Supreme Horse Racing Club will not be allowed to own or part-own racehorses in Ireland from today, after having registrations of all their horses voided by Horse Racing Ireland
HRI had stopped withdrawals from the club's account earlier in October and went on to impose a ban on running or entering any horses from October 22, when Supreme Horse Racing Club's representatives continued to ignore requests for full member's details.
Nearly a month later, the governing body has still not received the necessary paperwork and was stood up by Supreme Horse Racing Club manager Steve Massey, whom they sought to meet on November 4.
HRI was left with no choice but to close down Supreme Horse Racing Club's account and void the registrations of all horses that run under its banner, including Cheltenham Gold Cup hope Kemboy, and added that it would fully brief the British Horseracing Authority of its findings.
HRI director of racing Jason Morris said: "We will be sharing our information with our colleagues in the BHA. We have also reported our concerns around the administration of the club to the relevant authorities."
Recognising that this situation was caused by the managers of the club and not the club members, Morris added that the organisation was willing to work with club members to form new ownership structures.
“This week we have met with solicitor Patrick Kennedy of P.J O’Meara Solicitors in Thurles, who has been approached by a number of Supreme Horse Racing Club members laying claim to ownership of the horses," he said. "That grouping has expressed their intention, over time, to form a new ownership structure. We will continue to work with this group, and others, should they materialise.
“HRI is open to accept the re-registration of these horses under accepted ownership structures. HRI cannot adjudicate as to the shareholding of these horses. In order to do so, HRI advises members to seek their own legal counsel or contact Patrick Kennedy in order for agreement to be found among the shareholders of each horse."
Supreme's Timeline Of Self-Destruction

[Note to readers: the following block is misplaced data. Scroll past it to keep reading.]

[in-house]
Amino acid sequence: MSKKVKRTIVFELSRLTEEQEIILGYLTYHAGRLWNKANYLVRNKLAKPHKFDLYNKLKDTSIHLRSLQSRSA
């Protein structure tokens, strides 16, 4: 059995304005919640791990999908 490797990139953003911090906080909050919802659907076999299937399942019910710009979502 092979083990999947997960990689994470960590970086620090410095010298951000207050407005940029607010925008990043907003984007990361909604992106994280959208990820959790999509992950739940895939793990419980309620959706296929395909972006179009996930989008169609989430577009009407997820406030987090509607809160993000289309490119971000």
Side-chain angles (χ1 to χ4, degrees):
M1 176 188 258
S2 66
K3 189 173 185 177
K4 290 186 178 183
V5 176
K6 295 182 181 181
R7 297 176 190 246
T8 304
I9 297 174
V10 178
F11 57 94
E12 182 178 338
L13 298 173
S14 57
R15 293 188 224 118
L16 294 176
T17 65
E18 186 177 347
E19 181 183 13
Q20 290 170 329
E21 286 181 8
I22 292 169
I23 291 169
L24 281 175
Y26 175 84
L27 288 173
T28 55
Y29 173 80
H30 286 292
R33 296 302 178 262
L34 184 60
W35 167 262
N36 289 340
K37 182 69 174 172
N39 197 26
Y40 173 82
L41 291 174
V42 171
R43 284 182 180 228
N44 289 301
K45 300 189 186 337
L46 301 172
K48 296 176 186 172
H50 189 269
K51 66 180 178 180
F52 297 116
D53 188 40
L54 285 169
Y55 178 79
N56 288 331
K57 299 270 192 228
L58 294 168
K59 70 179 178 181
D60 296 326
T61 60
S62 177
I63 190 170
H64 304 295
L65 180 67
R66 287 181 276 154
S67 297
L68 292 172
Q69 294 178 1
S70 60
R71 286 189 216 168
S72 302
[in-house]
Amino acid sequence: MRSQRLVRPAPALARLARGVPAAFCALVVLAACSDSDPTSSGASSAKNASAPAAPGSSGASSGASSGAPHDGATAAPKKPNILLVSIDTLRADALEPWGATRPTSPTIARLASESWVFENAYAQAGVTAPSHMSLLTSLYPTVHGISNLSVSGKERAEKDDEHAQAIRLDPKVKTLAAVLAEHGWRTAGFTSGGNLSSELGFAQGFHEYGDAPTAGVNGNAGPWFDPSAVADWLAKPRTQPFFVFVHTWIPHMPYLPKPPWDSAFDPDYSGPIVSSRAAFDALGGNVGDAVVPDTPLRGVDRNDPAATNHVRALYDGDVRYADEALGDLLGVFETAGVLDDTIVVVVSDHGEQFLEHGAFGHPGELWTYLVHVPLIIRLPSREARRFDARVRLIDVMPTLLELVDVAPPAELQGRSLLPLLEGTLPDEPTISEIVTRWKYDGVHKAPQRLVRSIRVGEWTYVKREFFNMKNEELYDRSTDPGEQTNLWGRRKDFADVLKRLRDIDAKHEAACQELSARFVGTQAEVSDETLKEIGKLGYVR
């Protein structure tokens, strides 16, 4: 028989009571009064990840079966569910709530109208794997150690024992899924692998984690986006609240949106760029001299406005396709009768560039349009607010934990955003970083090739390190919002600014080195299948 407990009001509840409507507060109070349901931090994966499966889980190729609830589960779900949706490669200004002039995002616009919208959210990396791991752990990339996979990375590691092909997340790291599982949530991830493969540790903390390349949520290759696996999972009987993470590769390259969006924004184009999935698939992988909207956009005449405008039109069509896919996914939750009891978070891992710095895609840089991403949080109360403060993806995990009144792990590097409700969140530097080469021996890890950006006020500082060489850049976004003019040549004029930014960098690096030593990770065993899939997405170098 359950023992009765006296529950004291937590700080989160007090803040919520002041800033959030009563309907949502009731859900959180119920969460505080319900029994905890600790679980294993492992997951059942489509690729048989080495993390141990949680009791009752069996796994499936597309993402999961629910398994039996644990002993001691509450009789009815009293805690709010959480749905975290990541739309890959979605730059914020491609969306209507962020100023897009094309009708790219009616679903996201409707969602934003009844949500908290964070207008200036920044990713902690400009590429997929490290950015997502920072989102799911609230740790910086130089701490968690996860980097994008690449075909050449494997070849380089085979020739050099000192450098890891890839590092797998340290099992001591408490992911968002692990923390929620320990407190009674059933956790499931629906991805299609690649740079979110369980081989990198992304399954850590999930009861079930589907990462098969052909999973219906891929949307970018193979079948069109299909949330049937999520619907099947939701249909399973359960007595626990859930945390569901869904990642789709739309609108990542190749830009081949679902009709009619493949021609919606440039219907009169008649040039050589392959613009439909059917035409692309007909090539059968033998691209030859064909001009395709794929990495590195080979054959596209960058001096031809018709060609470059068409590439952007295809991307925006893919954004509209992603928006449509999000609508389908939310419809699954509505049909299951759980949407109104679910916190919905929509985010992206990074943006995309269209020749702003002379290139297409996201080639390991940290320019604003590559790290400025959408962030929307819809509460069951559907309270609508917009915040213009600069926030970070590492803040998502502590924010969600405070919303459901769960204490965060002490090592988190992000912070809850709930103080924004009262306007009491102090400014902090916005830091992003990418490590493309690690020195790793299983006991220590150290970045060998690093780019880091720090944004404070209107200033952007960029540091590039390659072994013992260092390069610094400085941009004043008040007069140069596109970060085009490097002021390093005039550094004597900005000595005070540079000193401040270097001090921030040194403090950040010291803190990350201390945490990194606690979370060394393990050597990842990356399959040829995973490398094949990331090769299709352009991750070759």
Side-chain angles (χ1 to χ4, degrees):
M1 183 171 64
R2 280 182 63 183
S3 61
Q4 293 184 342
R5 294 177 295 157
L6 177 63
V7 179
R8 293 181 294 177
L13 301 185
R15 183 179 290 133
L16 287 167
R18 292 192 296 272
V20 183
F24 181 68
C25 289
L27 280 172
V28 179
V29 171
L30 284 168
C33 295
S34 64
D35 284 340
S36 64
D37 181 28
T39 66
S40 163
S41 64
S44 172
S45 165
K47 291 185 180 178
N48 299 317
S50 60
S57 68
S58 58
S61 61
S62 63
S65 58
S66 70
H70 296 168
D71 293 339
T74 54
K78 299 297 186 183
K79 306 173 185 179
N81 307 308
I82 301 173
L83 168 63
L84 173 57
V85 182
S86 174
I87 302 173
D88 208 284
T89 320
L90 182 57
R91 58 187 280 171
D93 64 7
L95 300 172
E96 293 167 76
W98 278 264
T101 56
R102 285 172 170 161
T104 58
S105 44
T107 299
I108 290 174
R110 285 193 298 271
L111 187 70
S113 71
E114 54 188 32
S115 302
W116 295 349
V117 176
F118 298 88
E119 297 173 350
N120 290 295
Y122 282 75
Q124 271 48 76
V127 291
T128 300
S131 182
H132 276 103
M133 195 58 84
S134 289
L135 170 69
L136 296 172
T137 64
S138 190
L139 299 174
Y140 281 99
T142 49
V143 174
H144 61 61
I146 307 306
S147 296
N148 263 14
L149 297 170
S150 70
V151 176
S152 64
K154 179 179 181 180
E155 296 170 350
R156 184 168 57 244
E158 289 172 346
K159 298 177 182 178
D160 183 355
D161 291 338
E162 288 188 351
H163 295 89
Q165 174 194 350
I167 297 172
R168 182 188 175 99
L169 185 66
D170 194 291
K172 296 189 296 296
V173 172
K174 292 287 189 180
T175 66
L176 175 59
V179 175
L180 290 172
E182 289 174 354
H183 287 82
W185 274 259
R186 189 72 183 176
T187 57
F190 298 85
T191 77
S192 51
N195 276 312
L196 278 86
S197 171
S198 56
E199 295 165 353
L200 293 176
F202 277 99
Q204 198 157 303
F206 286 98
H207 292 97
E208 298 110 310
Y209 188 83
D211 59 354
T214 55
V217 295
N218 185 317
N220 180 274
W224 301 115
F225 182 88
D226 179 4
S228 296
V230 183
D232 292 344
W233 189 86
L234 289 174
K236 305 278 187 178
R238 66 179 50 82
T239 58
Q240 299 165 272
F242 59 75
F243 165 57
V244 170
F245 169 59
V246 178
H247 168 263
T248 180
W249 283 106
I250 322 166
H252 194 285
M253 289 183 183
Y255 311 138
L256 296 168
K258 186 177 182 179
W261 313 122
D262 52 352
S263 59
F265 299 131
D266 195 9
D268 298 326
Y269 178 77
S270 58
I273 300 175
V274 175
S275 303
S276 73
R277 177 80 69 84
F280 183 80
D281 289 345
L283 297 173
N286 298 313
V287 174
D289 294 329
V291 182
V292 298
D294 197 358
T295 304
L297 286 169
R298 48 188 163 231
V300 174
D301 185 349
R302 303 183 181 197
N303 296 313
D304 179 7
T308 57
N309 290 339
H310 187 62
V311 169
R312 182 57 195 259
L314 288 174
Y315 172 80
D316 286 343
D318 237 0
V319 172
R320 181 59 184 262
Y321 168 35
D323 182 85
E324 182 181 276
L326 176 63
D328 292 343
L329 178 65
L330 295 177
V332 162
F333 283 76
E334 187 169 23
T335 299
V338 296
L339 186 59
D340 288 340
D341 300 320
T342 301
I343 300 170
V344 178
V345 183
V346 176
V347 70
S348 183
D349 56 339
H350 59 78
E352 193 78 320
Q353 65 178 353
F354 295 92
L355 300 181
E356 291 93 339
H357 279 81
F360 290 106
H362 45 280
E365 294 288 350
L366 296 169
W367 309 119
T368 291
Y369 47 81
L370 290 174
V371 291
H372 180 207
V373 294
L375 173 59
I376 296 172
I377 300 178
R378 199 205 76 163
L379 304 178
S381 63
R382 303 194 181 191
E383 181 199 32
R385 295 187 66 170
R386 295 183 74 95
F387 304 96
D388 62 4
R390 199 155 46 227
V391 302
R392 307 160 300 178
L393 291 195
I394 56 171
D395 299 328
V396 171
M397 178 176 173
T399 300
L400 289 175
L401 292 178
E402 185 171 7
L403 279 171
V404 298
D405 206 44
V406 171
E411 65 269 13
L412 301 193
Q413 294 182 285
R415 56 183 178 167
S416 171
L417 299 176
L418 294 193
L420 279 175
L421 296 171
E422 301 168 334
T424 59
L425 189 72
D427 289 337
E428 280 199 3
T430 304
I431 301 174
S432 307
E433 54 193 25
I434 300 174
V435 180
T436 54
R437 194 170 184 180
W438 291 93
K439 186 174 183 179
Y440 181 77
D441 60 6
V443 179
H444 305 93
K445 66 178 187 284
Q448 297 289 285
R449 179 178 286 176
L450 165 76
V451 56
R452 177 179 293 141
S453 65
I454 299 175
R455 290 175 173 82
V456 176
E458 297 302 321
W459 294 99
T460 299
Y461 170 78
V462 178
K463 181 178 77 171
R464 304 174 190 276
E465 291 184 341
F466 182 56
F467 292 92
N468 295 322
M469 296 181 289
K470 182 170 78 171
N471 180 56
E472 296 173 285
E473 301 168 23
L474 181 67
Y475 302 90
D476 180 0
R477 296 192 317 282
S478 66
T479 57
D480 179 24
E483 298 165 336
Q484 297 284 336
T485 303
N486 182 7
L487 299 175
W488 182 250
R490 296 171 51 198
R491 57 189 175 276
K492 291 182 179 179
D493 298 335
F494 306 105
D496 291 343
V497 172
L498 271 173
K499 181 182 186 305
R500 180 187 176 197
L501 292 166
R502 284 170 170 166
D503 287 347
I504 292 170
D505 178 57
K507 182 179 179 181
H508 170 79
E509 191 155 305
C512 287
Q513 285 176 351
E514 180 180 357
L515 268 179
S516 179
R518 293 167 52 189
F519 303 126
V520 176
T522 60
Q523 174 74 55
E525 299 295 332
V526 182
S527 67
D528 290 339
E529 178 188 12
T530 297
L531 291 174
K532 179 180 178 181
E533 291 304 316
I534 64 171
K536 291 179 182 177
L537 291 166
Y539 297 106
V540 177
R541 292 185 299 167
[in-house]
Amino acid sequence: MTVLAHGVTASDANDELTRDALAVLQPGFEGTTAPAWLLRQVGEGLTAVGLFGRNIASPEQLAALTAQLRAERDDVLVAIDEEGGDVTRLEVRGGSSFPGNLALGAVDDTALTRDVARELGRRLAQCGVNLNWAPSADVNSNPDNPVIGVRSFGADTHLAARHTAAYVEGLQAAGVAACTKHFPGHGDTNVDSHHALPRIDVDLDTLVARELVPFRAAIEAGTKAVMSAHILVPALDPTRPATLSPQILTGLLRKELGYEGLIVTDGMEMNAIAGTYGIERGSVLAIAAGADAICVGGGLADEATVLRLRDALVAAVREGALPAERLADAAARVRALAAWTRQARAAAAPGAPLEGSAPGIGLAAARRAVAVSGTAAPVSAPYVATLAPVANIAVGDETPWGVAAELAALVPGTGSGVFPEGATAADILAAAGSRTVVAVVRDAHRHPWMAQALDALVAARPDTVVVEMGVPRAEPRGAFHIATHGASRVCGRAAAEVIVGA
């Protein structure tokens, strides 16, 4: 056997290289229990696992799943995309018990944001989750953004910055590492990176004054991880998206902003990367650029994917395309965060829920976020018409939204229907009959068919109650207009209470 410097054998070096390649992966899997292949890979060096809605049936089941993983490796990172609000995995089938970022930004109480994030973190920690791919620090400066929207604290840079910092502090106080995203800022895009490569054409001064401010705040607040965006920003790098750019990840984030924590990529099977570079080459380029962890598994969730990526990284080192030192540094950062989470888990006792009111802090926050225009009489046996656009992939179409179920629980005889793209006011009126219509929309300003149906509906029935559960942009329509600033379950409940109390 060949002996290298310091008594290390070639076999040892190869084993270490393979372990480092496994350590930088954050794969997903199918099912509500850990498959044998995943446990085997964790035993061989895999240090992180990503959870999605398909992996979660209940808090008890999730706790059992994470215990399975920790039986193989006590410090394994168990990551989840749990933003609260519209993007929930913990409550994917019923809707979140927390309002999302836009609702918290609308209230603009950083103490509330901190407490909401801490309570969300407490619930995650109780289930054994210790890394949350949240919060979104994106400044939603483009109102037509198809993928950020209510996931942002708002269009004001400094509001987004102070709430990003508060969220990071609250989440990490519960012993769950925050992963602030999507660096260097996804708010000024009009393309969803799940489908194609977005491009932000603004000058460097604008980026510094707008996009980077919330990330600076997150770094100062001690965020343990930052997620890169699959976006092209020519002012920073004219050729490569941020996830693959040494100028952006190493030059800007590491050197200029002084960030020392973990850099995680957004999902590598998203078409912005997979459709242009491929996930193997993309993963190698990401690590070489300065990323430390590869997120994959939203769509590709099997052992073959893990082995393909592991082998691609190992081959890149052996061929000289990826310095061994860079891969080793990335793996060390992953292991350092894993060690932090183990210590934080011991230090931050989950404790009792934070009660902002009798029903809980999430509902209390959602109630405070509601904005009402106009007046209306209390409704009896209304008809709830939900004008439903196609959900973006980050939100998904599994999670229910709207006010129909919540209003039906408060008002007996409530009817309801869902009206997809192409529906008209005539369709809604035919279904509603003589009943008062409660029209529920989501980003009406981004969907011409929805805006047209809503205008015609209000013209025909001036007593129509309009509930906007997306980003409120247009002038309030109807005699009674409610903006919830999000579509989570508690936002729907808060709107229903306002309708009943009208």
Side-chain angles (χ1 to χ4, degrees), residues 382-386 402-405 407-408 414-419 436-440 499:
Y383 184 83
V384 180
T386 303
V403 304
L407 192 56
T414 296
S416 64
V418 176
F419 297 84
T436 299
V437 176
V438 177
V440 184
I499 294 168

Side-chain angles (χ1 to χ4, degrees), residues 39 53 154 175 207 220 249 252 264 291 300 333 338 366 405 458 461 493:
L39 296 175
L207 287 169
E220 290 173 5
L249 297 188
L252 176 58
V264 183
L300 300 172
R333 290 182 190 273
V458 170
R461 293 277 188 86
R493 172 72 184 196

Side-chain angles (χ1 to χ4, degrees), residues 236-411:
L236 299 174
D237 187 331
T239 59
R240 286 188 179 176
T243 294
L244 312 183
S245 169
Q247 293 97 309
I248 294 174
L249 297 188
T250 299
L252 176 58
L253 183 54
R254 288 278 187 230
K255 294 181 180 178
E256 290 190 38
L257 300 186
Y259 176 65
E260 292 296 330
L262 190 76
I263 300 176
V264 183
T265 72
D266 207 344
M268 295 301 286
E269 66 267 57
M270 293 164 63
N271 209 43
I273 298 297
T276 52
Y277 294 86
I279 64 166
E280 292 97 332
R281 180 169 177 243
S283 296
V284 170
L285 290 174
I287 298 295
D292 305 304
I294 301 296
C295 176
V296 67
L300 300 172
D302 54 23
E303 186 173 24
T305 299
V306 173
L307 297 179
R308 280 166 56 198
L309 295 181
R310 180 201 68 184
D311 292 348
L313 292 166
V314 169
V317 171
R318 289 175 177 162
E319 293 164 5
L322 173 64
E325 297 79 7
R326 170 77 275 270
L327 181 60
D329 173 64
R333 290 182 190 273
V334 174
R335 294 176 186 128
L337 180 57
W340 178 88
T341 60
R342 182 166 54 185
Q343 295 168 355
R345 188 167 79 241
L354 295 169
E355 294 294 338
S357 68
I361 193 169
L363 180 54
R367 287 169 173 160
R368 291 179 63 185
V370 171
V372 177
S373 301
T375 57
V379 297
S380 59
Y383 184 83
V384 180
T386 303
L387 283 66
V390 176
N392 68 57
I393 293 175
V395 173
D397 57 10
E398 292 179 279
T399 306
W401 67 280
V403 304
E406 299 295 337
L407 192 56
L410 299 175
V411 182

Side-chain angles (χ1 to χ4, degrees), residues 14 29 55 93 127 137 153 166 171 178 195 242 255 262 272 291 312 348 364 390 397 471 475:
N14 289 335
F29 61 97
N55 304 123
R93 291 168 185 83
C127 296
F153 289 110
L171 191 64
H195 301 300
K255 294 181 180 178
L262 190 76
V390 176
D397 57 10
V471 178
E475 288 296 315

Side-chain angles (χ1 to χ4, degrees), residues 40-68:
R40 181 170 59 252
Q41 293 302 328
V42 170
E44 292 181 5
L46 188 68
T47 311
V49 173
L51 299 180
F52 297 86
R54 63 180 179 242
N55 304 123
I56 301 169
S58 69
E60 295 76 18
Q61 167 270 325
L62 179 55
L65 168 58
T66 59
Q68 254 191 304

Supreme Horse Racing Club's fall from grace began this summer when HRI received complaints from several members, alleging financial impropreity and fradulent activities, that could in some cases be considered theft. Here's how it has played out since:
- July 31, 2019 - HRI meets with Supreme Horse Racing Club trustee Steve Massey, who agrees to file full members' details, as required under HRI Directive 15 Racehorse Ownership.
- October 6, 2019 - As HRI waits for information, Robin De Carlow wins a Grade 3 chase in the club's colours at Tipperary.
- October 7, 2019 - HRI notifies Supreme Horse Racing Club that its HRI account - which houses prize money winnings - is now suspended, and no withdrawals can be made until full members' details are provided.
- October 13, 2019 - Listen Dear wins for the club for the ninth time - their account is still suspended.
- October 17, 2019 - HRI makes another request for information, warning that suspension of running and entering horses will follow if this request is not fulfilled.
- October 22, 2019 - Patience exhausted, HRI announces that the club's 29 horses are banned from running until further notice. On the same day Listed Dear is sold at auction for €38,000, with club members saying they were not even told she was being sold.
- November 4, 2019 - Club trustee Steve Massey has arranged to meet HRI, but does not show, and offers no explanation.
- November 14, 2019 - HRI closes Supreme Horse Racing Club's account, voiding registration of their horses.
It appears a sorry end to a syndicate that promised so much when it was formed by Massey and Jim Balfry in 2011. They have enjoyed unprecedented success growing to a membership base estimated to be beyond 500 people, with 29 horses on their books.
That includes Topham Chase winner Cadmium, Grade 1-winning hurdler Aramon, the mighty Kemboy and of course Robin De Carlow. It remains to be seen if any will get to run again this season.